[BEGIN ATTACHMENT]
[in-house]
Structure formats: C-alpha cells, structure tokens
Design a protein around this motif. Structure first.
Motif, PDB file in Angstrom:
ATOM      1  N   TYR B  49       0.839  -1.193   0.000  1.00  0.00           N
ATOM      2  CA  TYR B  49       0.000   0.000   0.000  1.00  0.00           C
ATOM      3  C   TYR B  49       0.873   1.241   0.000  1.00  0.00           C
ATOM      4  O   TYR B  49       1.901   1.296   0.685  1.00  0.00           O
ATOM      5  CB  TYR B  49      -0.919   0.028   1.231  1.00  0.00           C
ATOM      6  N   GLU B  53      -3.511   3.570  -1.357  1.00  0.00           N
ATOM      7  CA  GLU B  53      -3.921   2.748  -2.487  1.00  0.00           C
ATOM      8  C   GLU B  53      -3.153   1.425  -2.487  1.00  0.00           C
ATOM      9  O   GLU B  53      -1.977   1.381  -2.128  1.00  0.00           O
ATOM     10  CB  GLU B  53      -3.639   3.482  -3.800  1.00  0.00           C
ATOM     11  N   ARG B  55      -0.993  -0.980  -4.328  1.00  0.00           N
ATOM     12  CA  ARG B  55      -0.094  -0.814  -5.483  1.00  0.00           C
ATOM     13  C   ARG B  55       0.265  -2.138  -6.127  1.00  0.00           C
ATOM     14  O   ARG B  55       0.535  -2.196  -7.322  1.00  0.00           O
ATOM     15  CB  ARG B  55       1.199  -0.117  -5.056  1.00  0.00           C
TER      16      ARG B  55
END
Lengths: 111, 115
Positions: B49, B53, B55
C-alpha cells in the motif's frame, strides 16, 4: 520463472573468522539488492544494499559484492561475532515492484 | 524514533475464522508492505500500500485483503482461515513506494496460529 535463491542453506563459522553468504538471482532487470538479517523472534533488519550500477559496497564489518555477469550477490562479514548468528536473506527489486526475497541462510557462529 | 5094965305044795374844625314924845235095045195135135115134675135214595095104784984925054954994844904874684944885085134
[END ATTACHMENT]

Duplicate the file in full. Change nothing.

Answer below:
[in-house]
Structure formats: C-alpha cells, structure tokens
Design a protein around this motif. Structure first.
Motif, PDB file in Angstrom:
ATOM      1  N   TYR B  49       0.839  -1.193   0.000  1.00  0.00           N
ATOM      2  CA  TYR B  49       0.000   0.000   0.000  1.00  0.00           C
ATOM      3  C   TYR B  49       0.873   1.241   0.000  1.00  0.00           C
ATOM      4  O   TYR B  49       1.901   1.296   0.685  1.00  0.00           O
ATOM      5  CB  TYR B  49      -0.919   0.028   1.231  1.00  0.00           C
ATOM      6  N   GLU B  53      -3.511   3.570  -1.357  1.00  0.00           N
ATOM      7  CA  GLU B  53      -3.921   2.748  -2.487  1.00  0.00           C
ATOM      8  C   GLU B  53      -3.153   1.425  -2.487  1.00  0.00           C
ATOM      9  O   GLU B  53      -1.977   1.381  -2.128  1.00  0.00           O
ATOM     10  CB  GLU B  53      -3.639   3.482  -3.800  1.00  0.00           C
ATOM     11  N   ARG B  55      -0.993  -0.980  -4.328  1.00  0.00           N
ATOM     12  CA  ARG B  55      -0.094  -0.814  -5.483  1.00  0.00           C
ATOM     13  C   ARG B  55       0.265  -2.138  -6.127  1.00  0.00           C
ATOM     14  O   ARG B  55       0.535  -2.196  -7.322  1.00  0.00           O
ATOM     15  CB  ARG B  55       1.199  -0.117  -5.056  1.00  0.00           C
TER      16      ARG B  55
END
Lengths: 111, 115
Positions: B49, B53, B55
C-alpha cells in the motif's frame, strides 16, 4: 520463472573468522539488492544494499559484492561475532515492484 | 524514533475464522508492505500500500485483503482461515513506494496460529 535463491542453506563459522553468504538471482532487470538479517523472534533488519550500477559496497564489518555477469550477490562479514548468528536473506527489486526475497541462510557462529 | 5094965305044795374844625314924845235095045195135135115134675135214595095104784984925054954994844904874684944885085134